- Ultrabooks are blurring the lines between laptops and tablet devices, but the real question is whether your employees will use them to hit the network on the sly.
- Did you hear the one about how the United Nations is going to take over the Internet? Hands off our tablet devices, guys.
- We’ve all heard about Google’s and Facebook’s iterative changes — usually from users who are complaining about those same changes. Here’s the inside scoop on how they jockey that user feedback internally.
- Gadget lovers rejoice: Google is launching its own Android tablet devices this month, while Tim Cook announced a new MacBook Pro and MacBook Air with the Apple Retina display at this week’s WorldWide Developer’s Conference in San Francisco.
- The question of booth babes at IT conferences is discussed as a symptom of the male gaze.
- If you’re worrying about whether the United States can win a cyberwar, stop worrying — it can’t, and here’s why.
- Were people seriously concerned about a brave new world without the Apple Retina display?
Similar to nuclear war scenarios, the most significant damage the recently discovered Flame malware will inflict comes from its fallout rather than from the initial blast.
The seriousness of Flame is real: Flame and the Duqu and Stuxnet malware are capable of attacking national critical infrastructure. The U.S. used Stuxnet against Iran’s nuclear program, which, given the many alternatives, seems like a pretty good idea. The same virus programs, however, could be used against any system that attackers wanted to target, including those in the U.S., and put millions of people at risk.
On the other hand, experts say there isn’t anything special about Flame and that it can be easily defended against with conventional security tools and policies. Microsoft this week revoked fraudulent certificates used by the Flame malware toolkit. Some experts say there is a bigger threat to businesses from application-level exploits by individual hackers than from the Flame-category cyberespionage attacks.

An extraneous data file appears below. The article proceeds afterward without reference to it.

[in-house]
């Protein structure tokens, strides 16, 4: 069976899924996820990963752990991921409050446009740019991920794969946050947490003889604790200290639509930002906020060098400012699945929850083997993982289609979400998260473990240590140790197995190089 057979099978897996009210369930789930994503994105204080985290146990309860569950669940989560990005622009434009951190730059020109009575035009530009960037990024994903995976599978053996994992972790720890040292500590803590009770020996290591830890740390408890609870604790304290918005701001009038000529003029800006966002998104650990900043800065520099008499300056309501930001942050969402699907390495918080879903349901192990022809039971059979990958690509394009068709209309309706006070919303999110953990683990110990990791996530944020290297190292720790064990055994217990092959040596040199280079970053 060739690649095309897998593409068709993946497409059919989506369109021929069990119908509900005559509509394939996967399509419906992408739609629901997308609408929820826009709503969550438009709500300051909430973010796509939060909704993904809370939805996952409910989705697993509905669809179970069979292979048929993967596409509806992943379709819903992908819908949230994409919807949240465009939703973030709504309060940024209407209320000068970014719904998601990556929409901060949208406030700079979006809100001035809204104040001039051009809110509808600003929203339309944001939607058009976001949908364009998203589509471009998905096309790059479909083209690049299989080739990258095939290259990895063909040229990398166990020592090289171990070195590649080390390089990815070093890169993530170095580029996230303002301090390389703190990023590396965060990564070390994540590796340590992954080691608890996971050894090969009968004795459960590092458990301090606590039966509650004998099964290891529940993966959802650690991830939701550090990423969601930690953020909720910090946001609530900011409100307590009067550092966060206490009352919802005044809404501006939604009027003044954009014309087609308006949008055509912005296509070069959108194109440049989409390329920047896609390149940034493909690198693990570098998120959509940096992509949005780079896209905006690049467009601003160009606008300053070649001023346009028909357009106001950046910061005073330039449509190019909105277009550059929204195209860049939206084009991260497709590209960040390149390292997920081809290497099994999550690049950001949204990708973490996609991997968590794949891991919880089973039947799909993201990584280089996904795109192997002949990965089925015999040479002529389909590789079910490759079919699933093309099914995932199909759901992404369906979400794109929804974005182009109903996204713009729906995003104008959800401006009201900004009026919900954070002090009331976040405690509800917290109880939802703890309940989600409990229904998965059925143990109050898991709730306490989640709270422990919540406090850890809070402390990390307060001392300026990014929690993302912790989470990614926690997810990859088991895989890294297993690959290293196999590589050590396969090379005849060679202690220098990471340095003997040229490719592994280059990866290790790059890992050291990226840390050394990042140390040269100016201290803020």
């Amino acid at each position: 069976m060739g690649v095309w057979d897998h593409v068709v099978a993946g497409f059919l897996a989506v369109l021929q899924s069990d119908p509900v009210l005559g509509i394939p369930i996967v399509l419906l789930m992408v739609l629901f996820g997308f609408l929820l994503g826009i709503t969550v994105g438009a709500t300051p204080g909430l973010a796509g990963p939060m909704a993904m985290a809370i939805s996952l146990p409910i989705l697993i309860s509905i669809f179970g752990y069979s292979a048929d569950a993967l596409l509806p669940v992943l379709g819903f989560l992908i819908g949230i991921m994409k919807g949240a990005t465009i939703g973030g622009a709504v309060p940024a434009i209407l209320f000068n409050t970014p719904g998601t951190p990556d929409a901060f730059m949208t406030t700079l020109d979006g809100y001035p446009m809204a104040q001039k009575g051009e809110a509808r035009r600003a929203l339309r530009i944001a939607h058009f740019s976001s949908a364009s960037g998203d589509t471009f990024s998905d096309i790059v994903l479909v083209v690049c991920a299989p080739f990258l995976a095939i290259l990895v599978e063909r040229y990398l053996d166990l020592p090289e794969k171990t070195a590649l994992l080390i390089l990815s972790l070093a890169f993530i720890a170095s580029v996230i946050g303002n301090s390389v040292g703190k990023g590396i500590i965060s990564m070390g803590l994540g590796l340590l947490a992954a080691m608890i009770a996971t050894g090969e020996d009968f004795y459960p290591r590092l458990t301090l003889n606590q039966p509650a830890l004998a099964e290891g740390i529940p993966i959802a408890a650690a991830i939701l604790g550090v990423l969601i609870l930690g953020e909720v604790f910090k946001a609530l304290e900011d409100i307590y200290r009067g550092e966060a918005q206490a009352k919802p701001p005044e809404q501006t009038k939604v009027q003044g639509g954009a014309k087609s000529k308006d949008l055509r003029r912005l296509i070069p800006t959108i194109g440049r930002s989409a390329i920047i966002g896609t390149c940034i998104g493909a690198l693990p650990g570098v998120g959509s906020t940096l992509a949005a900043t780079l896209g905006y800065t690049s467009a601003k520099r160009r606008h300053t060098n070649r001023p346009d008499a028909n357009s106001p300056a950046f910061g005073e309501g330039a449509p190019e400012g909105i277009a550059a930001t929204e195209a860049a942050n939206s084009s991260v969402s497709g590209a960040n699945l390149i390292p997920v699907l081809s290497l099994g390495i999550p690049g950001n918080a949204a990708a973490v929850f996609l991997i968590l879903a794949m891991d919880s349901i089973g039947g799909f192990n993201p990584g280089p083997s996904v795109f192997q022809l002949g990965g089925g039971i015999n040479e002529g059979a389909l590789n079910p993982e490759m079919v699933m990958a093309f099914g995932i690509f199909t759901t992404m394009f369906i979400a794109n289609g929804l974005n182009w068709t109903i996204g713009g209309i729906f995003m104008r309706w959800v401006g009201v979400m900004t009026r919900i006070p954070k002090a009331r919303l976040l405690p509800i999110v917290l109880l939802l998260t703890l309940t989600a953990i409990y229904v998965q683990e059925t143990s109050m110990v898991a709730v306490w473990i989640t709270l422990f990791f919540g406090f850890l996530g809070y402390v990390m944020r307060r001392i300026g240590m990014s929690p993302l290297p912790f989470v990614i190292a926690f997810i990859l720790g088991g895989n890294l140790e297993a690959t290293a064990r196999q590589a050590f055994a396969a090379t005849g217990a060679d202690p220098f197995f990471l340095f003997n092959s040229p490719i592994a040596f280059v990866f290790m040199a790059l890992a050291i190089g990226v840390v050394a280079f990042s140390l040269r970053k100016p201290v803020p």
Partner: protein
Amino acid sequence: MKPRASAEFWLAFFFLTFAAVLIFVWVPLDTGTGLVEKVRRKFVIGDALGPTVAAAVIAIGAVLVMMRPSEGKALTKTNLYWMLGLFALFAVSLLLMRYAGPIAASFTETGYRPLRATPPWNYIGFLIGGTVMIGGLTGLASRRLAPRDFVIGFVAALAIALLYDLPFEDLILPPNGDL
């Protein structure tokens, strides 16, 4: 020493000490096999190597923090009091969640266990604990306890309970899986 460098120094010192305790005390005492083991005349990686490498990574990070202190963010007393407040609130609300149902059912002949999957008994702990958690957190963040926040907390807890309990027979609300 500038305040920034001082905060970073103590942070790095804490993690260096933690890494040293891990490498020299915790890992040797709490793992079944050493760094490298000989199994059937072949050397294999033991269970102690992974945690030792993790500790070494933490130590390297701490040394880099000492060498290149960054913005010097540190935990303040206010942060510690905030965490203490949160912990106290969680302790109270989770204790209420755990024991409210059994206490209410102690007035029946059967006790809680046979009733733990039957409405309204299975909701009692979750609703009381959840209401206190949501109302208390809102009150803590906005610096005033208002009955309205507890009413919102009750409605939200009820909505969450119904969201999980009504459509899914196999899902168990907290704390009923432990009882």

Two points are emerging in the wake of the discovery of Flame. One is (needless) panic; the second is a call for international treaties banning cyberwarfare. A big push for this is coming from Eugene Kaspersky, an influential security expert and founder of Russian antivirus company Kaspersky Labs, and the Russian government. Both entities are well populated with talented malware security experts, both legitimate and criminal.
As we have learned over the past decade, the best policy for security is openness. If we start making any kind of code or use of code illegal, we are going to have more problems than the threat of cyberattack. As the saying goes, if you outlaw guns, only outlaws will have guns.